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Svilen Stefanov

30.11 - 07.01.2022


Curated by: Suzana Nikolova

30.11.2021- 07.01.2022

Opening: 30.11, 5 pm

The exhibition presents works that are new or not shown. After periods of rapid transformation in the field of non-conceptualist forms, Svilen Stefanov turned to painting in the late 90's. He deliberately created a cold conceptual approach in which he used expressionist means in a secondary way. His methods are conceptual, and at the same time classically picturesque, as conceptualism is a way of thinking.

Ever since the 90s, this has been a different style, which has been developing in parallel with the conceptual strategies, and which is part of them. It is not a denial of conceptualism, but a continuation of it. The artist creates conceptual works by classical means, because conceptualism is a rational form of art, but the sensuality of the painting surface is reminiscent of its material nature and it is precisely this that is at the center of his artistic practice. In contemporary art, the goal is not to find something "great", but the way you interpret it.

Afterimage is not a new topic (see Andrzej Wajda's film of the same name) but it affects the artist's overall work. Residual images from existing or future paintings that remain in the visual memory as obscure images that are superimposed as filters, as shadows and reminiscences. This theme gives a cinematic layer while reading the image. There are no unambiguous things here and the interpretation of the picture depends on the viewer.

Stefanov is known for using conceptual strategies in painting, such as inserting text into an image, which is not a literary basis, but rather an idea. At first glance, large, colorful inscriptions that we perceive with a sense of humor ("The Spirit of the Chapel", "Wolves cross the Danube ice", "A vague lesson in geometric abstraction"), are in fact related to cinema, art history, music. The images linked to these texts are not an illustration to the text, but rather a synthesis between an image and a text with alternating dominance. In short - the texts do not explain the images, and the images are not an illustration of the texts. Everything is flown with irony and it is difficult to find a direct, concrete, unambiguous meaning. The hidden meanings can be read differently by each of us.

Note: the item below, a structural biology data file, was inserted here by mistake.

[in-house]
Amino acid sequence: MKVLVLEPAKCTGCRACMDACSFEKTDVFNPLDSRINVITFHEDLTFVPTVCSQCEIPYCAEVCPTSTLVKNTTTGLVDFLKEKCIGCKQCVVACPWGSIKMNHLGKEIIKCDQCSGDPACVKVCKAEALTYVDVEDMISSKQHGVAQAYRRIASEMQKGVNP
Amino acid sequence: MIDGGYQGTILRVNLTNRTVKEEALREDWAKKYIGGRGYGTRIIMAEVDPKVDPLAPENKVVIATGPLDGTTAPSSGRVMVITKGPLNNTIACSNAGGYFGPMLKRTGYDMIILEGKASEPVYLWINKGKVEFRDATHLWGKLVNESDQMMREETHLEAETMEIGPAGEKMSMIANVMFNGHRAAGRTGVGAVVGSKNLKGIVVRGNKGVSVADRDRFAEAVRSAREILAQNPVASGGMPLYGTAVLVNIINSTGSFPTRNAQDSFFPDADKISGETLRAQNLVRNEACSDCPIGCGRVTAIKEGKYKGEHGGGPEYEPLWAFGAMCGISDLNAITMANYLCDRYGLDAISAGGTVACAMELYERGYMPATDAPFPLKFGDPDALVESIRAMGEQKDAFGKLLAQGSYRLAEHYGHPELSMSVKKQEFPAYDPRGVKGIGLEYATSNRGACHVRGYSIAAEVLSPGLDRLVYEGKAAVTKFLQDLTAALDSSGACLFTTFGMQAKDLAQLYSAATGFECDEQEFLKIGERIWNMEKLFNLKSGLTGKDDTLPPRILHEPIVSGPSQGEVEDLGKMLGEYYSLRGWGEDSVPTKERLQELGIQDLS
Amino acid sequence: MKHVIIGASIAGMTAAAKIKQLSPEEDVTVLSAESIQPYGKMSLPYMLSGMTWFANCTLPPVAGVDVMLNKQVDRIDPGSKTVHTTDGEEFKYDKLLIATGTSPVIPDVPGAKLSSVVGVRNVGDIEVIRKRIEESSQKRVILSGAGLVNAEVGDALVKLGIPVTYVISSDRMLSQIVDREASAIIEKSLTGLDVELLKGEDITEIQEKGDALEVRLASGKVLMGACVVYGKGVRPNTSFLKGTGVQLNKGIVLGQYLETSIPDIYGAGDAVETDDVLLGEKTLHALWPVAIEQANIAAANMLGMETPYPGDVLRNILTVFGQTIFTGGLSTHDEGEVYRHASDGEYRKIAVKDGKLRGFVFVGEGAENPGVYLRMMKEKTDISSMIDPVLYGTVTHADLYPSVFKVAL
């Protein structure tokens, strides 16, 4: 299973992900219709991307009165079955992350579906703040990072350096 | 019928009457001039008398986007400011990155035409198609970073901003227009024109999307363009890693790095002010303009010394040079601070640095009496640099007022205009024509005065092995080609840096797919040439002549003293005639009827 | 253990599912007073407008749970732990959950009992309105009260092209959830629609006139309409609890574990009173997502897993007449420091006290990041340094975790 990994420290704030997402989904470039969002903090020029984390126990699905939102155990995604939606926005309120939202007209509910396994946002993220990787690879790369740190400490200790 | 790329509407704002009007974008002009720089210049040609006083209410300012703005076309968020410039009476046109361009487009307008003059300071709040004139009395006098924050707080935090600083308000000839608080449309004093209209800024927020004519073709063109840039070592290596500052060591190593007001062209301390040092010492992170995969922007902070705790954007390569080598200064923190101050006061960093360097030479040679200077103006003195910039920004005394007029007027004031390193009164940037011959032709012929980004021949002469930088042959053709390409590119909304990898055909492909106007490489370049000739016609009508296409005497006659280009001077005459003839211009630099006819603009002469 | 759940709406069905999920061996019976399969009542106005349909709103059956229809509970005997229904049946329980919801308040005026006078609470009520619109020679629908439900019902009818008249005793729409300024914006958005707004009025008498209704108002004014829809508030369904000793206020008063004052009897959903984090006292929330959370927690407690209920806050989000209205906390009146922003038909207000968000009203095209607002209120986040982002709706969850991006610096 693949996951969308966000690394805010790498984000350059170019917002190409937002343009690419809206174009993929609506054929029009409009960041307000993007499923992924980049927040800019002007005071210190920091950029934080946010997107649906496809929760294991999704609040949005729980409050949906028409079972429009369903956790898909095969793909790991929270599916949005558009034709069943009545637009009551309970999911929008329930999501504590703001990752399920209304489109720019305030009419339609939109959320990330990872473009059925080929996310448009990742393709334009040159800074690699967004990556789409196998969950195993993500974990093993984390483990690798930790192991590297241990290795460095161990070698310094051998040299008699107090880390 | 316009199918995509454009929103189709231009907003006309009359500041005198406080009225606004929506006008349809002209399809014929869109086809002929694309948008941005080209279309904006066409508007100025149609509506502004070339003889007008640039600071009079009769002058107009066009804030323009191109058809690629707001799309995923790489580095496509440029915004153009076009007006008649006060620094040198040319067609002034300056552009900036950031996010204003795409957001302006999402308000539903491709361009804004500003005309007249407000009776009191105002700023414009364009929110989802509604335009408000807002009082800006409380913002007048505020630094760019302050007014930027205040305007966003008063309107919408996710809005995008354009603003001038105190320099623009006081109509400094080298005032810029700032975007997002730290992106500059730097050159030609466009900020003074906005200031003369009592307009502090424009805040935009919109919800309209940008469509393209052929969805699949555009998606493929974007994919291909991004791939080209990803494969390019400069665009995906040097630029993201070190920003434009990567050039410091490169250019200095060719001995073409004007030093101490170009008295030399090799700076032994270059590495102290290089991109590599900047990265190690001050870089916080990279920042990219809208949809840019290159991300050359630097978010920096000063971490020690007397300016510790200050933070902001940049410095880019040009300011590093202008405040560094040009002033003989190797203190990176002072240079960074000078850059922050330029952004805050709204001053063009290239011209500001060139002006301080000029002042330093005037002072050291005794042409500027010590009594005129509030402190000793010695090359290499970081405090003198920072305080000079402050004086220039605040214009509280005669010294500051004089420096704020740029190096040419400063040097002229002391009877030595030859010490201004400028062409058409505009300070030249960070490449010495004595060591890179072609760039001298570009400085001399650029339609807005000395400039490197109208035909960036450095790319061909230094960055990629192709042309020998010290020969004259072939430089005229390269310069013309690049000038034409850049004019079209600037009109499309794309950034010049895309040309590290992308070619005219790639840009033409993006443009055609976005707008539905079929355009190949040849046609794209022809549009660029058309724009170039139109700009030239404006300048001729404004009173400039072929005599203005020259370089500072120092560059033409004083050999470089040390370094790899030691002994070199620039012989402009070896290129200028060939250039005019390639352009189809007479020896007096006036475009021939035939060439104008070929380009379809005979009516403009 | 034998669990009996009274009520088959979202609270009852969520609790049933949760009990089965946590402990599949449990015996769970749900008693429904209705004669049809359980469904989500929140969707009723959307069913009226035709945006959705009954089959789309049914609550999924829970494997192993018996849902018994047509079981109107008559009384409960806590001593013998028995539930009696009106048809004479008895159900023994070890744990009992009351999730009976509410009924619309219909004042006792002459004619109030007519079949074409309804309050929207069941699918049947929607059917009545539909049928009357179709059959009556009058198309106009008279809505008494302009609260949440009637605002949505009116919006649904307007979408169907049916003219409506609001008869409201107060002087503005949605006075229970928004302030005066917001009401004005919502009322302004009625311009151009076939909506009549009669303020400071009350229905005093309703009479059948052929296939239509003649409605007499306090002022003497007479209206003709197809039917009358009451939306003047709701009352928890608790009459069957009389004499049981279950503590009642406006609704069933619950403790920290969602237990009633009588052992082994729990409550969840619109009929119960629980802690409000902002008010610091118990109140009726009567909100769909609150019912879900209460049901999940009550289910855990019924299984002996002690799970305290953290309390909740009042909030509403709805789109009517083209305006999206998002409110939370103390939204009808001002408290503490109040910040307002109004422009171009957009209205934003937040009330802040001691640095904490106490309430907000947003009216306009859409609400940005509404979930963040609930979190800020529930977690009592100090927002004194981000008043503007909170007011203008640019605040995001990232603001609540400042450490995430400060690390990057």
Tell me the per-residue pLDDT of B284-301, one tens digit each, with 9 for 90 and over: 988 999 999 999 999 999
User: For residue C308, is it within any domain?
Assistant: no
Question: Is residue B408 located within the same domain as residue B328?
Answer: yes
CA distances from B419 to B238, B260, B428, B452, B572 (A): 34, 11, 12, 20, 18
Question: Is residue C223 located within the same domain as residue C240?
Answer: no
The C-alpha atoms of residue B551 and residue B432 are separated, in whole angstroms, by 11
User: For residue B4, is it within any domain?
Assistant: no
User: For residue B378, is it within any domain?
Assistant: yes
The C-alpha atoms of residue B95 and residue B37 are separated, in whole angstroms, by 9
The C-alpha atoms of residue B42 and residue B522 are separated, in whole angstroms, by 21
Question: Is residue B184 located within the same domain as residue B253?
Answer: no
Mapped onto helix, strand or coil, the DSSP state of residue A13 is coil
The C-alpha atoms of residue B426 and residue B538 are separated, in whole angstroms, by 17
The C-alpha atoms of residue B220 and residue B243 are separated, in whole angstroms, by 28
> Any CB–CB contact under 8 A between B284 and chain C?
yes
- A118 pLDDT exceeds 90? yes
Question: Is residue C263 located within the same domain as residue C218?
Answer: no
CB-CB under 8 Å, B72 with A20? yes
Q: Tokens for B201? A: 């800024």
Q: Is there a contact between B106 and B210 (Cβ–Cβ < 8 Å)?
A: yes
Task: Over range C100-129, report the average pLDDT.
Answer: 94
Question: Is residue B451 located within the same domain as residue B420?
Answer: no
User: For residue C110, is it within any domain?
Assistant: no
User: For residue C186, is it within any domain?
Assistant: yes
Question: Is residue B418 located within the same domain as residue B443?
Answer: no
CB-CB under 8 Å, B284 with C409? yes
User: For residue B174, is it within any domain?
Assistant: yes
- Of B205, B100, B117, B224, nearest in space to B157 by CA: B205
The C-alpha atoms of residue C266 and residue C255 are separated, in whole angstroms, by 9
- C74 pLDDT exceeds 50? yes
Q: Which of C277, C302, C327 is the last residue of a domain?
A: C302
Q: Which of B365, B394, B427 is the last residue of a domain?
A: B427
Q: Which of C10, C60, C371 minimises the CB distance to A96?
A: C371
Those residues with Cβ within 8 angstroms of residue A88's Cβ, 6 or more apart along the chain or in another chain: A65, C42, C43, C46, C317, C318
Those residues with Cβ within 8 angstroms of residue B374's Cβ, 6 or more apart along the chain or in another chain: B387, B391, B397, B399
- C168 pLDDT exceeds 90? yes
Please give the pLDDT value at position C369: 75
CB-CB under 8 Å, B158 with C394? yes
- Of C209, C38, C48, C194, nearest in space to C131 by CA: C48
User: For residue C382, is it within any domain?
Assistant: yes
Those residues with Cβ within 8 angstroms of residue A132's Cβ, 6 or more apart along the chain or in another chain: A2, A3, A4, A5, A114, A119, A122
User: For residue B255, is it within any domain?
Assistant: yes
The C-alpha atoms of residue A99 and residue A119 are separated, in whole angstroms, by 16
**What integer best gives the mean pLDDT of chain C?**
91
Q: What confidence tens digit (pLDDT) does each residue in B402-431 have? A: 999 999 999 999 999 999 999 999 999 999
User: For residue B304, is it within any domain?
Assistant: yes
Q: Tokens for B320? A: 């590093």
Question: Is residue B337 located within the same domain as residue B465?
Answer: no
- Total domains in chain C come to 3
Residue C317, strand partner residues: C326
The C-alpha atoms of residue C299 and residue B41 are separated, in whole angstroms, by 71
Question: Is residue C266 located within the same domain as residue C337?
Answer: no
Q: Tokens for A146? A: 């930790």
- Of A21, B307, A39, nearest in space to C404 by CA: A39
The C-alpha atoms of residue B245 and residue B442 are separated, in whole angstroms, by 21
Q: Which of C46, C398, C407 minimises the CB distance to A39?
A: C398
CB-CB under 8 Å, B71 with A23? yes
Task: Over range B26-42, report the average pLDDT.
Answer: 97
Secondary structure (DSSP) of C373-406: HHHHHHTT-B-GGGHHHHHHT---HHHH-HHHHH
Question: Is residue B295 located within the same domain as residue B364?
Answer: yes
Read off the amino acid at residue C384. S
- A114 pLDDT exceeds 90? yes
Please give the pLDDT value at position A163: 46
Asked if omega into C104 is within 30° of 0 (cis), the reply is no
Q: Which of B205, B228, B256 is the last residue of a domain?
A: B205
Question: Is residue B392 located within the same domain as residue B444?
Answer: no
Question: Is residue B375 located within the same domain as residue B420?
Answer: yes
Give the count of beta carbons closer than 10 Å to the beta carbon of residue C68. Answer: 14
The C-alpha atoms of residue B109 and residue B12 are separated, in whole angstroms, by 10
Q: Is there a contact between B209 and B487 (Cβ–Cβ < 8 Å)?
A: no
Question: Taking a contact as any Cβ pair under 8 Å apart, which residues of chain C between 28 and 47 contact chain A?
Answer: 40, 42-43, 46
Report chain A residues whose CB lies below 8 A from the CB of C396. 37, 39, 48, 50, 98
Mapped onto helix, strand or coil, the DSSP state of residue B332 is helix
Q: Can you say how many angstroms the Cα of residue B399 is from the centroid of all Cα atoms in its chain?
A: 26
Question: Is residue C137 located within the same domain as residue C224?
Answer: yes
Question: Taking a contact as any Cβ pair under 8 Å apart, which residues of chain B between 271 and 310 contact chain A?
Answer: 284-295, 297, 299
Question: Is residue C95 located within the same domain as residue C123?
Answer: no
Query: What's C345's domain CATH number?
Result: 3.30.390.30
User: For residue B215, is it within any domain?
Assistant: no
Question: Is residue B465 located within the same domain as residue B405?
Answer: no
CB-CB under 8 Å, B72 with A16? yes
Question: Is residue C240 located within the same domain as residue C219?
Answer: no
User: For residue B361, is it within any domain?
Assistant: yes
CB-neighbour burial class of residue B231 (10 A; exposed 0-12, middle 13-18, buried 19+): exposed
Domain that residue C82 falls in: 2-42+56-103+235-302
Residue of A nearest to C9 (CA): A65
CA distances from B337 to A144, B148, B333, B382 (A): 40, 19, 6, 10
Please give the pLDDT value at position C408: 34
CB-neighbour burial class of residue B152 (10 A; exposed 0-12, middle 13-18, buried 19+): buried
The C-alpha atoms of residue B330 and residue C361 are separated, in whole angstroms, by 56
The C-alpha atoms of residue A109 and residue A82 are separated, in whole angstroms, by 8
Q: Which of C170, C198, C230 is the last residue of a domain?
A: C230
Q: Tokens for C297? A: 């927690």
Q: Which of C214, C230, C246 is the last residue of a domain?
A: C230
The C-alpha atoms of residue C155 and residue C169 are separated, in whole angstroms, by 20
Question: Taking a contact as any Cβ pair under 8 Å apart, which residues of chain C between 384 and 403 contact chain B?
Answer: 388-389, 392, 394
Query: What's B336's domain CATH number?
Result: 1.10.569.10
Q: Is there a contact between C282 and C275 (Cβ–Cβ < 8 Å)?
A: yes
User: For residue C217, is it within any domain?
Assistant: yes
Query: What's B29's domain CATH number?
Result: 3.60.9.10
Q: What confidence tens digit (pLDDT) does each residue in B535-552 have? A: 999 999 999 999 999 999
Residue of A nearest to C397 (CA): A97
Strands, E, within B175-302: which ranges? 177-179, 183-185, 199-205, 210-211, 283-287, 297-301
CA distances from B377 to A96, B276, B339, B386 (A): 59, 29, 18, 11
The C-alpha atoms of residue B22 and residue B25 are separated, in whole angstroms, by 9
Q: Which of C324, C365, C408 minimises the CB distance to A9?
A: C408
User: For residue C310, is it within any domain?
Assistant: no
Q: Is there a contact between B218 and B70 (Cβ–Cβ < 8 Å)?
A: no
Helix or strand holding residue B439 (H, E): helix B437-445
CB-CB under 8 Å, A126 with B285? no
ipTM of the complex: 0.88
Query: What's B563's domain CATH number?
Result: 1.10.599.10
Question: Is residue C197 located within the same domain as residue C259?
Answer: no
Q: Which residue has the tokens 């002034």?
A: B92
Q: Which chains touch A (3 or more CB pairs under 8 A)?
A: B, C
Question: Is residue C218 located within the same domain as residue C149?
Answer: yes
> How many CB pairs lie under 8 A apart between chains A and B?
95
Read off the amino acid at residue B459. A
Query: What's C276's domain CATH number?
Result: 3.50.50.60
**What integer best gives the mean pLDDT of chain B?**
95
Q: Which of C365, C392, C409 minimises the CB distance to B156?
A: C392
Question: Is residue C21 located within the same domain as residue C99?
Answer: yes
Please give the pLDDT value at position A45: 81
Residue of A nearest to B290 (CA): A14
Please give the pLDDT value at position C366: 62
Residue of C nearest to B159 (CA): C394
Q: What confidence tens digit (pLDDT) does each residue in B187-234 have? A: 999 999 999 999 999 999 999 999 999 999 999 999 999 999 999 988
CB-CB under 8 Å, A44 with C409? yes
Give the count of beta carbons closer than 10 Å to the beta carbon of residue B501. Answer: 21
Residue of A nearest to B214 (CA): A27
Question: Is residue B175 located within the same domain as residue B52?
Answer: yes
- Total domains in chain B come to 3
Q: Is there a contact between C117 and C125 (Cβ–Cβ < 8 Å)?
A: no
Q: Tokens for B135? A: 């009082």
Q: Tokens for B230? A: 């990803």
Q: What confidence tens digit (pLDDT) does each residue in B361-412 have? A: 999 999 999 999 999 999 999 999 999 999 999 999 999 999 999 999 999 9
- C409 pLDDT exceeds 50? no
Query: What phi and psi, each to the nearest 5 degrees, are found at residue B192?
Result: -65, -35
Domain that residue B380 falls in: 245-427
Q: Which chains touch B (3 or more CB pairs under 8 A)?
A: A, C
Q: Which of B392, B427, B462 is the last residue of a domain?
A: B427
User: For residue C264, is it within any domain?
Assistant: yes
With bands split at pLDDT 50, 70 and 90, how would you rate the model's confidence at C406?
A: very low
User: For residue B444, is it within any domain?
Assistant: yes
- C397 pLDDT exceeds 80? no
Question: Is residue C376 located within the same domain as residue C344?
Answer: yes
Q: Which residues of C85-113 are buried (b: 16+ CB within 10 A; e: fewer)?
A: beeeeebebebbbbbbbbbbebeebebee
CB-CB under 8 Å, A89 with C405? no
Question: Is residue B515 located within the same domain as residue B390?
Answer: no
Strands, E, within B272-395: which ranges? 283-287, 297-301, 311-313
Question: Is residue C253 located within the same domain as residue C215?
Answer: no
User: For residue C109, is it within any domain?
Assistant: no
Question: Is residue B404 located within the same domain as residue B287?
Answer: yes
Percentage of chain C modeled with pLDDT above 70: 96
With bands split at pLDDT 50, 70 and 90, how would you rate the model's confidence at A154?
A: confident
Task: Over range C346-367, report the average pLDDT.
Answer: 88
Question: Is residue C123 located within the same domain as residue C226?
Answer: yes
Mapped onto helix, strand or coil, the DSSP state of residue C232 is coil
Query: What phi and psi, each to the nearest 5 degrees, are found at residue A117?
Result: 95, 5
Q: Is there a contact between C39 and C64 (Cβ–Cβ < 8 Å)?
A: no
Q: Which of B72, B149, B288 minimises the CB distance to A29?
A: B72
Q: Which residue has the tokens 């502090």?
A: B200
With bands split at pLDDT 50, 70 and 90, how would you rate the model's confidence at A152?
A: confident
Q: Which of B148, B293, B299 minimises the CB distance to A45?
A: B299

In Svilen Stefanov's paintings, the inverted perspective is the right point of view. Shifting the focus injects a surreal psychologism to inanimate objects. Watermelons and bananas become central objects, loaded with emotion and psychology. The tension in the staticity of the objects comes from the strong values ​​of the color in the canvases. He builds up the image through rich imprints and velatures. Slowly, Svilen forms light tones, which are applied as transparent veils. The "blissful" effect of oil paint is missing. It is only in the inscriptions that we can find a definite and pasty application of the paint.

On a wide panoramic landscape we find various objects, part of something organized. Little people without faces are engaged in insane processions, funerals, gallows, welcoming aliens. Svilen Stefanov achieves absurdism in painting by shifting the emphasis of people on objects, raising the materiality in the basic sense, portraying objects - a large leek, two watermelons, bananas. His work is characterized by intelligence, sense of humor and any lack of pretense. He has the ability to shift important topics into profane ones and vice versa, but without underestimating them. Just with a smile.

Its characteristic elongated formats suggest horizontal development, and the composition of two objects suggests symmetry. Svilen Stefanov goes beyond the standard reflex of an academically educated artist to seek the golden ratio, a central axis or a composition of three objects. He is not afraid of mirror symmetry and slips between the tacts.

In "Afterimage" are conveyed the messages and images on which the author has been working in recent years, but in a refined, compressed version. This is a creative experiment, which again proves that Svilen Stefanov is one of the most successful painters in Bulgarian art at the moment.


Suzana Nikolova

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